Australian Dictionary of Biography

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Walter Reginald Hume (1873–1943)

by G. D. Snooks

This article was published:

Walter Reginald Hume (1873-1943), inventor and entrepreneur, was born on 29 November 1873 at Fitzroy, Melbourne, second son of James Hill Hume, a professional phrenologist and mesmerist from Scotland, and his second wife Caroline, née Gill, from Bristol, England. As James Hume regularly moved round Victoria lecturing, Walter attended a large number of schools until his father died, and at 12 he had to find employment. For the next five years he worked at several trades, finally becoming a plasterer.

In the depression of the 1890s he joined forces with his brother Ernest (1869-1929), a carpenter, and in September 1892 they sought employment in the country. They tried a variety of construction, repair, and farming jobs before establishing a workshop at Malmsbury where they produced fencing droppers under the protection of their first patent. Their business flourished owing to extensive vermin fencing being constructed in South Australia and Walter moved to Adelaide about 1904 to establish a second factory. A major decline in pastoral capital formation forced the brothers to close their Malmsbury business in 1906 and to turn their energies to the manufacture in Adelaide of ornamental steel fencing. They continued in this business until early 1910 when they formed Humes' Patent Cement Iron Syndicate Ltd to develop Walter's revolutionary centrifugal process for the manufacture of concrete pipes. This important invention transformed not only Walter's own career, but also the nature of the pipe manufacturing industry world wide. A measure of his achievement with this and another eighty of his patented inventions is that his firm was the only one in Australia before World War II to pioneer a major new technology and to export it (under royalty agreements) throughout the world. As well, his inventions had an important impact upon the development of urban Australia by significantly reducing the cost of constructing essential water, sewerage and drainage facilities.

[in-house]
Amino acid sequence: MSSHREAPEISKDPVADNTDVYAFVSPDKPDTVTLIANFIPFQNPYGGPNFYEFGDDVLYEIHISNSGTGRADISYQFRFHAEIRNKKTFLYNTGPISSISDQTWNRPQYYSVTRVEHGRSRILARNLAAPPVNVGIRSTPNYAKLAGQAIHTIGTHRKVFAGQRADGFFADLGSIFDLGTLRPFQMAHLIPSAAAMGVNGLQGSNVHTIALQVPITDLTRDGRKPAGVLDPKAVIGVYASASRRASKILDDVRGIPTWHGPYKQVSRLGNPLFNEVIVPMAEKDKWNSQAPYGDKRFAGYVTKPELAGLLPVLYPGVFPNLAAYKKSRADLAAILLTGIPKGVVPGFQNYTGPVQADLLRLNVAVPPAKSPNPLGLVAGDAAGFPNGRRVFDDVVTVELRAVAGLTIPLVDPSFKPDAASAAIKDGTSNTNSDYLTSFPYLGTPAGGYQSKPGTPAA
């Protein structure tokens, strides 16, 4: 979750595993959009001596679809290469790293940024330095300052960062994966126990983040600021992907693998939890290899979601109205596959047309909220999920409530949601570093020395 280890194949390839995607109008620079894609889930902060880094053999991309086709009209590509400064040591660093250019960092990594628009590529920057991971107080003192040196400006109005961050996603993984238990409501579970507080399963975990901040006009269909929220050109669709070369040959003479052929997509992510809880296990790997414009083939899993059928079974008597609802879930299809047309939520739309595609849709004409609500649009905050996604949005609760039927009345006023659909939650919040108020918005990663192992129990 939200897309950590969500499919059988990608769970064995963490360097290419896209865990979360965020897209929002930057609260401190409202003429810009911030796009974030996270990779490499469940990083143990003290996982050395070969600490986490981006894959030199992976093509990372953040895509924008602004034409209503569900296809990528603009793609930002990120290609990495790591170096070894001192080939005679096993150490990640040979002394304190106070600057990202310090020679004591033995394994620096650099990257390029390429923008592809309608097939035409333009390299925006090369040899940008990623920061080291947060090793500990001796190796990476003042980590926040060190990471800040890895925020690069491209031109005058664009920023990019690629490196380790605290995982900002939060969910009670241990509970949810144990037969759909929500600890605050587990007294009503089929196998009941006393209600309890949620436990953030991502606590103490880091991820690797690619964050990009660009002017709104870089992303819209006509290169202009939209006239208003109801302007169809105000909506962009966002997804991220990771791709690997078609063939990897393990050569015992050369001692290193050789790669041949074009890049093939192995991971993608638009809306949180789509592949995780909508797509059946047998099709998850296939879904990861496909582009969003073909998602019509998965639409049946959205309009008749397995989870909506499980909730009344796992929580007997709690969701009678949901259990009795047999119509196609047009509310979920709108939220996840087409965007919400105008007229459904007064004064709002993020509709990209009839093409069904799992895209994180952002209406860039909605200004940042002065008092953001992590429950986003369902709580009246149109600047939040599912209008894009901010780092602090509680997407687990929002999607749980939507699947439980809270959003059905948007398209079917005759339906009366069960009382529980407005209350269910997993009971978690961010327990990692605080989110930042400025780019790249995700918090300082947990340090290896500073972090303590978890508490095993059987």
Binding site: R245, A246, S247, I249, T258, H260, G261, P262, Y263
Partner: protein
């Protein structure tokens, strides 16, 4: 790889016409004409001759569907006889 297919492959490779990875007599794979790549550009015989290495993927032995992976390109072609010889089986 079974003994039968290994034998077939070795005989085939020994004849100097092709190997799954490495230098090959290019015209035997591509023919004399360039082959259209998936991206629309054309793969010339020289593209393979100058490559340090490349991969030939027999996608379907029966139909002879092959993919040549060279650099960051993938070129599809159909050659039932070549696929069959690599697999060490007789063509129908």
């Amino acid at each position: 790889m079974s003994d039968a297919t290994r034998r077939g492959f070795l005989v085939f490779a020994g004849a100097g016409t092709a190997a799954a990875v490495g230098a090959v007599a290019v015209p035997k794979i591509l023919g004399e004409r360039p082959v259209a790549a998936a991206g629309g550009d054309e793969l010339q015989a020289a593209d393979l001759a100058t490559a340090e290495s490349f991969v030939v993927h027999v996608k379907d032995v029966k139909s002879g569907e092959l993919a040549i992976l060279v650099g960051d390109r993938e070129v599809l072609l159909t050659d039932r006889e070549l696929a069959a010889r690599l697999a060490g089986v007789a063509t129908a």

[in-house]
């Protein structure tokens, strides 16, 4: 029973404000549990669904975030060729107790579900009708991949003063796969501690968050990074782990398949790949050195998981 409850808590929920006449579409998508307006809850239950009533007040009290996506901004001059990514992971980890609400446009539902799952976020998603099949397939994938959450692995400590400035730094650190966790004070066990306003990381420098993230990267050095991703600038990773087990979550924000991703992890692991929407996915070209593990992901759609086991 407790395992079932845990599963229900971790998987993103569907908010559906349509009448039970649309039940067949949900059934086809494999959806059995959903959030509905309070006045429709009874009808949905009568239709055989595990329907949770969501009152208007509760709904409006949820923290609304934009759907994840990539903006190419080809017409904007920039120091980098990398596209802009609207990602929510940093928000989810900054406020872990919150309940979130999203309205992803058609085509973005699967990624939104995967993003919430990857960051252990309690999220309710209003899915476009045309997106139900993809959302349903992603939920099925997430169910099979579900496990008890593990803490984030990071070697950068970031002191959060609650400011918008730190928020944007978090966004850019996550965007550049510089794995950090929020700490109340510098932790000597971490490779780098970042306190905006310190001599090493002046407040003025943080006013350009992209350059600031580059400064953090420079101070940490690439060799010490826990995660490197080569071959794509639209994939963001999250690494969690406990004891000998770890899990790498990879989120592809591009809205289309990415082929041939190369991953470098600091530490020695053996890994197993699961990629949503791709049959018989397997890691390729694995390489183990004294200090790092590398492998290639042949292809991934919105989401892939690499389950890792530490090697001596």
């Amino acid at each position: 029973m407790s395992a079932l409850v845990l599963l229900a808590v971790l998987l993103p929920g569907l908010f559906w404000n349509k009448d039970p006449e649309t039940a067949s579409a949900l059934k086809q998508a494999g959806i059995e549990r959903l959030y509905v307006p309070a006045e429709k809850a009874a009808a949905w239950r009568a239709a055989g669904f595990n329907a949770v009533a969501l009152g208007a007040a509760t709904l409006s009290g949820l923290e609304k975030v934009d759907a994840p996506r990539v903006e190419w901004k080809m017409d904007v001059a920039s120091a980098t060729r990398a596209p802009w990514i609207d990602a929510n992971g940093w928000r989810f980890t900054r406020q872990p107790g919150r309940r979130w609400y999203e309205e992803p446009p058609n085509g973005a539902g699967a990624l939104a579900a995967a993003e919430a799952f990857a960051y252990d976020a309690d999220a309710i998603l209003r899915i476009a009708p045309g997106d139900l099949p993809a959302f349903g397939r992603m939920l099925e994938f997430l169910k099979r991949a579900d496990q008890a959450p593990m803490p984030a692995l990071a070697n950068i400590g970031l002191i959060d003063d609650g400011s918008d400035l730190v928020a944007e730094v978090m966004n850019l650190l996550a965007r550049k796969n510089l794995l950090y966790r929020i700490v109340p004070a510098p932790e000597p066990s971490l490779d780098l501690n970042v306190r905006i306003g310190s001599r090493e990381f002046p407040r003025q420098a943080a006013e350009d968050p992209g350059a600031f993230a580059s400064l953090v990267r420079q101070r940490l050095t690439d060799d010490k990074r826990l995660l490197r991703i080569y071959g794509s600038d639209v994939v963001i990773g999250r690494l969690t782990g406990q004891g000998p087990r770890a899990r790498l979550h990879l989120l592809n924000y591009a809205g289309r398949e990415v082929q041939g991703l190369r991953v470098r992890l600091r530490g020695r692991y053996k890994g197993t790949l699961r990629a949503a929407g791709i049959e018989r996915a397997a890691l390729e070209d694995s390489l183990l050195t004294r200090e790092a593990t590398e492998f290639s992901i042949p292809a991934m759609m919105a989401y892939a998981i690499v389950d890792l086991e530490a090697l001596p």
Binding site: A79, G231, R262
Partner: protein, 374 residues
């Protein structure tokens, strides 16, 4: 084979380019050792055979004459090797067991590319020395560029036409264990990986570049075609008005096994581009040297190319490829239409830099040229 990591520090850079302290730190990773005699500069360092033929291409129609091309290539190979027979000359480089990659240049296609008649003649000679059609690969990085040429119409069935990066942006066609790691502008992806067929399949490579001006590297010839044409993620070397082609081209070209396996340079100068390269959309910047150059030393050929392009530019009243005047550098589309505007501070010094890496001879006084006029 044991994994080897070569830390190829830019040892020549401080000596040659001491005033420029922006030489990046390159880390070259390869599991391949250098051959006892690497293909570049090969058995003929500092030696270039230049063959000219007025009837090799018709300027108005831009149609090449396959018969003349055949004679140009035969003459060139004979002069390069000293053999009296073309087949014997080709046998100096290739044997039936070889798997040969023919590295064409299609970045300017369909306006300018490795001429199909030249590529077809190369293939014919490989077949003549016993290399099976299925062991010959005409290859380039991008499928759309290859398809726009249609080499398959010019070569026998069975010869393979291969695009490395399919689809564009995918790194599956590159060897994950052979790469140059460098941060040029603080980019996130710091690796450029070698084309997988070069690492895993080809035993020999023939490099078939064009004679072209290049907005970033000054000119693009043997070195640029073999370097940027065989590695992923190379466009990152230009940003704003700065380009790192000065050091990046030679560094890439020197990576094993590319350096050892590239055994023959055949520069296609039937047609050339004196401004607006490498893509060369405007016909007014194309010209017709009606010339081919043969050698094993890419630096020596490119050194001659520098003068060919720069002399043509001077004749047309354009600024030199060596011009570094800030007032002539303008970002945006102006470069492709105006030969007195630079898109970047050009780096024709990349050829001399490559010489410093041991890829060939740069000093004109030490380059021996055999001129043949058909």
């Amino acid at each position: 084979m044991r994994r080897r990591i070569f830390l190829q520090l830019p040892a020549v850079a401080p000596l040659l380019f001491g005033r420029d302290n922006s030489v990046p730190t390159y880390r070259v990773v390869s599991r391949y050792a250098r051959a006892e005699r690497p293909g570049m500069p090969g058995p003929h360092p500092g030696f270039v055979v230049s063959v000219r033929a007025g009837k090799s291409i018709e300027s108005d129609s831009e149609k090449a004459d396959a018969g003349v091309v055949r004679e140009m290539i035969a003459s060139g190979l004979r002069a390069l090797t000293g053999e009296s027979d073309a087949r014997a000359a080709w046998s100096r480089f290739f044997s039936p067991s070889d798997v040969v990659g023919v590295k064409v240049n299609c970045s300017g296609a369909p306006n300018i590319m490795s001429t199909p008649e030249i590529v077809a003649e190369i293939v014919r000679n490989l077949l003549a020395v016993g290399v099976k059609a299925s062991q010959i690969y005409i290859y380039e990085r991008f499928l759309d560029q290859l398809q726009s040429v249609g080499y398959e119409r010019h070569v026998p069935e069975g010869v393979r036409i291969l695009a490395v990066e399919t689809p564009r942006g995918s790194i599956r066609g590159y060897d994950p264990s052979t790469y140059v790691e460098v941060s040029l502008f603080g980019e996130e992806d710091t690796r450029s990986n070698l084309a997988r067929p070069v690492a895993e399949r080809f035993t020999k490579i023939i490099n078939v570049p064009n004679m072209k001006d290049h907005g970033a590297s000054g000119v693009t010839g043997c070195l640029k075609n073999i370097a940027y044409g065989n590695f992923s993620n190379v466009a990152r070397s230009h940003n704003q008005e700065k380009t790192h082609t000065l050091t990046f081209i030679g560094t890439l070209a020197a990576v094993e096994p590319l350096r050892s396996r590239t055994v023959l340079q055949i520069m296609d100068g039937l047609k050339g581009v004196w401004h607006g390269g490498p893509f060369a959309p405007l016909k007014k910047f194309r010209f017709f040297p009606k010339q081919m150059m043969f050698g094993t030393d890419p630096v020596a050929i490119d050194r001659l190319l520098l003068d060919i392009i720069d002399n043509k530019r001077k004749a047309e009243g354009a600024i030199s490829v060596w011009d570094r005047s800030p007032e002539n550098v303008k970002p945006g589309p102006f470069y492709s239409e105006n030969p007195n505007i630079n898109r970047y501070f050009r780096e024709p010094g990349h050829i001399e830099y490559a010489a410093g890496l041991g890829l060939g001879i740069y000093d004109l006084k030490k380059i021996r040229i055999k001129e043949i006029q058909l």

To begin production of concrete pipes using the newly developed centrifugal process, Hume Bros Cement Iron Co. Ltd was incorporated in Adelaide in April 1911. In this new company Walter (who was to be managing director) and Ernest each held one-third of the shares; the remaining third was subscribed by South Australian graziers and farmers. The firm grew slowly in its first decade. By 1920, however, Hume was determined to extend his operations throughout Australia, and a new company, Hume Pipe Co. (Aust.) Ltd, was incorporated in Melbourne in July of that year. Although Hume's ownership of the new company was reduced to only 14 per cent, he was able to maintain control, due to his forceful personality and his highly inventive and innovative mind. While the new board of directors included prominent men like Sir John Monash and Senator A. J. McLachlan, the key members of the managerial group who presided over the firm's remarkable inter-war growth were Walter Hume as managing director, L. J. (Lord) Clifford as director in charge of financial matters, and J. A. Cussen as secretary. Ernest resigned in 1923 to establish and direct the first commercial wireless transmitting station in Adelaide (5DN).

In the early 1920s the company established branches in all States, extending to New Zealand in 1922 and Singapore in 1923. The success of this rapid expansion of the concrete pipe business encouraged Hume to diversify production by establishing a new company, Hume Steel Ltd, in 1923 to manufacture steel pipes using his pioneering inventions in the new field of automatic electric-arc welding. Although economic conditions were far from favourable during the 1930s and early 1940s, Hume's companies continued to expand, so that by 1943 they controlled over sixty factories throughout Australasia.

Walter Hume married Alice Louisa Bourne, née Mudford (1884-1972), at Moonta, South Australia, on 23 November 1909, and they had five sons and four daughters. All the sons joined the business between 1929 and 1940, but left soon after Walter's death, and until 1960 traded successfully (as W. R. Hume Pty Ltd) in opposition to the parent company. What little leisure time Hume had was devoted to Freemasonry and recording his general observations of the world around him. He died from cancer on 21 July 1943 and was buried in the Presbyterian section of Springvale cemetery. His estate was valued for probate at £39,951. There are two portraits by William Dargie, one in the Melbourne offices of Humes Ltd and the other held by the family.

Select Bibliography

  • G. D. Snooks, ‘Innovation and the growth of the firm: Hume enterprises, 1910-1940’, Australian Economic History Review, Mar 1973
  • G. D. Snooks, Hume Enterprises in Australia, 1910-1940 (Ph.D. thesis, Australian National University, 1971)
  • personal and company papers (Australian National University Archives).

Citation details

G. D. Snooks, 'Hume, Walter Reginald (1873–1943)', Australian Dictionary of Biography, National Centre of Biography, Australian National University,, published first in hardcopy 1983, accessed online 21 May 2024.

This article was published in hardcopy in Australian Dictionary of Biography, Volume 9, (Melbourne University Press), 1983

View the front pages for Volume 9

© Copyright Australian Dictionary of Biography, 2006-2024

Life Summary [details]


29 November, 1873
Fitzroy, Melbourne, Victoria, Australia


21 July, 1943 (aged 69)
Victoria, Australia

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